Reentering the workforce after a drug conviction

People charged with drug crimes in Wisconsin may spend time behind bars depending on the severity of their circumstances. This time away from all of the normal obligations in their life could create uncertainty and even anxiety when it is time to reenter society.

One aspect of getting back to their prior life is the process of finding employment. Some people may feel inadequate and under-qualified when they begin applying for a new job. Combining confidence and applicable life experience can help them to make a positive first impression.

Highlighting skills

Despite the circumstances that resulted in a drug charge, chances are many people still possess valuable skills. Their ability to market their skills can provide instrumental support in their effort to secure employment. According to FlexJobs, people should focus on their strengths. One strategy that experts suggest is for people to describe how their experiences have enabled them to develop strengths. Then, they can highlight how those strengths will make a difference in the workplace.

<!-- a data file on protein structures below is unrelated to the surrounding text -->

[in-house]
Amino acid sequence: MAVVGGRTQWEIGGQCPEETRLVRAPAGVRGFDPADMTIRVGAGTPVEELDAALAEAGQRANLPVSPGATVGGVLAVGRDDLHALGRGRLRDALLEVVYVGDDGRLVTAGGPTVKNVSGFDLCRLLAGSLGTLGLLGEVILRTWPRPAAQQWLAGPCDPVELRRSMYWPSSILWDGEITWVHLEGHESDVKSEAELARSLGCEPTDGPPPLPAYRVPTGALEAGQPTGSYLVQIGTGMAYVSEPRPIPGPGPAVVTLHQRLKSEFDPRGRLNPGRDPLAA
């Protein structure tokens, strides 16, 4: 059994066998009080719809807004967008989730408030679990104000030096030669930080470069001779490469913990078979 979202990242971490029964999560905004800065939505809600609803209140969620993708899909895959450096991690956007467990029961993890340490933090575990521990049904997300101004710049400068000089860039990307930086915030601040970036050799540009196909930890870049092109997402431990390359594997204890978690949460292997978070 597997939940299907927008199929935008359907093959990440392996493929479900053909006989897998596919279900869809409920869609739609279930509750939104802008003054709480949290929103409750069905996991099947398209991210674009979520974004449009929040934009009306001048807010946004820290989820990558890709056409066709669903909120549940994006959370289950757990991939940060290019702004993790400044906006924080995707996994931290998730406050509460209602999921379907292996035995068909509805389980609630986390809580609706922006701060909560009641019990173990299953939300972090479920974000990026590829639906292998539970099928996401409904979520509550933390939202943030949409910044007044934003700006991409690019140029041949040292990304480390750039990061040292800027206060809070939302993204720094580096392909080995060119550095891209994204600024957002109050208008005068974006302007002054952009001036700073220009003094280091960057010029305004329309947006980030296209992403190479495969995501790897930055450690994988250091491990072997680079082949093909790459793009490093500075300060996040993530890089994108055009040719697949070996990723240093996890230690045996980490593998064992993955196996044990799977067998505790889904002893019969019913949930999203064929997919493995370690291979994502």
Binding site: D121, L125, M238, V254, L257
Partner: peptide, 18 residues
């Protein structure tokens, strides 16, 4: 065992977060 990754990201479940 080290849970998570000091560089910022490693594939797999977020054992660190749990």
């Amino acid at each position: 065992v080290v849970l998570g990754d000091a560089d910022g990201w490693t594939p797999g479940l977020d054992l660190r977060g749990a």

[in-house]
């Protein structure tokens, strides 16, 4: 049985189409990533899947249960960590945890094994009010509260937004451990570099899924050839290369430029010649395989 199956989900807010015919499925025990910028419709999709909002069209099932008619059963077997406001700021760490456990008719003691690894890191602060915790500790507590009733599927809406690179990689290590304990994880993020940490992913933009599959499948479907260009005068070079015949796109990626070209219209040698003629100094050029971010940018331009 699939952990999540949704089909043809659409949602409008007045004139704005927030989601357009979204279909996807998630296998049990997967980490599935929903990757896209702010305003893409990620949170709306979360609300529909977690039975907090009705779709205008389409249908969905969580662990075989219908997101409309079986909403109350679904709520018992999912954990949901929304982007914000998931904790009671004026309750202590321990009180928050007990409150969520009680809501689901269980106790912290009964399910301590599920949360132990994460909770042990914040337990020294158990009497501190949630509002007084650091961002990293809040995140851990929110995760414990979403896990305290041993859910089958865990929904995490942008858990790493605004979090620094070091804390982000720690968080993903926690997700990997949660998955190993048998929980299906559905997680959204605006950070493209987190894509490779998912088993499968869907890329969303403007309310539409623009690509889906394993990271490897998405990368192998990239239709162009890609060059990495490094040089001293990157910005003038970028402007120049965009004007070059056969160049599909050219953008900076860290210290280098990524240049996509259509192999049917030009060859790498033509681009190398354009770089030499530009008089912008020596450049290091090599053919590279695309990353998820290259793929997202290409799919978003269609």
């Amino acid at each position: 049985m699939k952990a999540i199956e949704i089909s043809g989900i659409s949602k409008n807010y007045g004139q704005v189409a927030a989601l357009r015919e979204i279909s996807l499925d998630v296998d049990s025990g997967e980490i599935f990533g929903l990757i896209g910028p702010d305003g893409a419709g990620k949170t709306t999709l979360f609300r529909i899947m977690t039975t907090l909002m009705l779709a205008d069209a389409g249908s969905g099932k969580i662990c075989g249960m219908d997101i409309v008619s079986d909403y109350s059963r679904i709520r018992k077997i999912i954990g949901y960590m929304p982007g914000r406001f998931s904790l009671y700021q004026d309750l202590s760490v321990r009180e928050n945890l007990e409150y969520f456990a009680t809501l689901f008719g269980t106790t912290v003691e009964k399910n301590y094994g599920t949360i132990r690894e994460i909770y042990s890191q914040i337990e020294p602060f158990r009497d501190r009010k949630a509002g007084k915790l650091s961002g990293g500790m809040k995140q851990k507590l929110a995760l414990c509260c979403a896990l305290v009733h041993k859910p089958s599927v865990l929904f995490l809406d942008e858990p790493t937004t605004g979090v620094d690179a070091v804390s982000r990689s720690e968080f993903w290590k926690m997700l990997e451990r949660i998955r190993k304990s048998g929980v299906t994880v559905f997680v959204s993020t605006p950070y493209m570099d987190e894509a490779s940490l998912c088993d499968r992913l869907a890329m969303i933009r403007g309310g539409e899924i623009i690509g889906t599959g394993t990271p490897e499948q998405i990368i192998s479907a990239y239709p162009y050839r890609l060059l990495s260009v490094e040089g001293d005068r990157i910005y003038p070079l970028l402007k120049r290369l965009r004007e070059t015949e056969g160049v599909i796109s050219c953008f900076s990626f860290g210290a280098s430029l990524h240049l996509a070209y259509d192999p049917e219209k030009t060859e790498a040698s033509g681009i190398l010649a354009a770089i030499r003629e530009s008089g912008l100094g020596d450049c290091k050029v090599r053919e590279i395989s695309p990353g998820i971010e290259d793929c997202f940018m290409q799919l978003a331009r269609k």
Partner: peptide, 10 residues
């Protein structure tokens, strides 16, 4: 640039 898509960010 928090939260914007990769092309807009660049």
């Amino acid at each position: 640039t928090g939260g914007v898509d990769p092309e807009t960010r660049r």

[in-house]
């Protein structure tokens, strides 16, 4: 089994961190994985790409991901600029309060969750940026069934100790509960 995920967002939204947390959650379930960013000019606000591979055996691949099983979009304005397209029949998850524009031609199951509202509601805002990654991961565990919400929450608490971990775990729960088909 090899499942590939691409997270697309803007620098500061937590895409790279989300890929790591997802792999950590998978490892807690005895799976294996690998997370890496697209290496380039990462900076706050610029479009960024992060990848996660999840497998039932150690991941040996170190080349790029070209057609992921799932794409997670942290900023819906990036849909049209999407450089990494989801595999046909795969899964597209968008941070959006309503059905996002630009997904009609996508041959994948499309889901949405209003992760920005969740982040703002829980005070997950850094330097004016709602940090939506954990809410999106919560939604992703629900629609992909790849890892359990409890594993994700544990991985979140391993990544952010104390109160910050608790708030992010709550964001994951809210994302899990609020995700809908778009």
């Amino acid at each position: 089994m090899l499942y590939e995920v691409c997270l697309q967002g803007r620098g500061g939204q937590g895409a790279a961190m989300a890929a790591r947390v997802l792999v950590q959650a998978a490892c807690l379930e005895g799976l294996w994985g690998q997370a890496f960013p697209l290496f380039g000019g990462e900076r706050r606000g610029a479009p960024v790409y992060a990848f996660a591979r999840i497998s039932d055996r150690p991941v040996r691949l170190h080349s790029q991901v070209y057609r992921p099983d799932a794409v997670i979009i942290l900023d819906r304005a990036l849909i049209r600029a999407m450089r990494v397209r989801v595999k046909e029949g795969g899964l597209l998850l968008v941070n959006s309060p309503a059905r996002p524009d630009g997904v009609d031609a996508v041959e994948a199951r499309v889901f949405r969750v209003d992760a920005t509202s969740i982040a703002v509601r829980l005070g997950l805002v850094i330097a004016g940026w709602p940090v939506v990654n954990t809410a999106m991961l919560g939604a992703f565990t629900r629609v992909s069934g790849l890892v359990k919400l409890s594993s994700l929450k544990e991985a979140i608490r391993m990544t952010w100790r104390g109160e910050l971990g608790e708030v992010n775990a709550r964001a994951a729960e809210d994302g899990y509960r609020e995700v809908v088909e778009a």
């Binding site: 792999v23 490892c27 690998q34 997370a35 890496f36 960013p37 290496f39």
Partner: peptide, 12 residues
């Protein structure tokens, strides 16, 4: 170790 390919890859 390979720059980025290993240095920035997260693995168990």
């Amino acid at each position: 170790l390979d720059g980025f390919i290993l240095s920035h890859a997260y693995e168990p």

For example, someone who spent their time behind bars volunteering and helping other inmates, could highlight their ability to lead a group of people. They could focus on their people skills, interpersonal communication and enthusiasm as positive characteristics that will make a difference in the workplace.

Demonstrating qualifications

Perhaps one of the most important things people can do is to practice consistency. Once they list their qualifications and discuss them in an interview, it is time for them to provide reliability, dependability and consistency. One man shared his job experience with NPR and said that recurring and frequent visits with his probation officer compromised his job. Because this is the case for a lot of people, they would benefit from looking for jobs with increased flexibility.

Equally as important is their effort to communicate regularly with management. They should provide an honest assessment of their job availability, especially if they are also participating in a recovery program that requires additional commitment.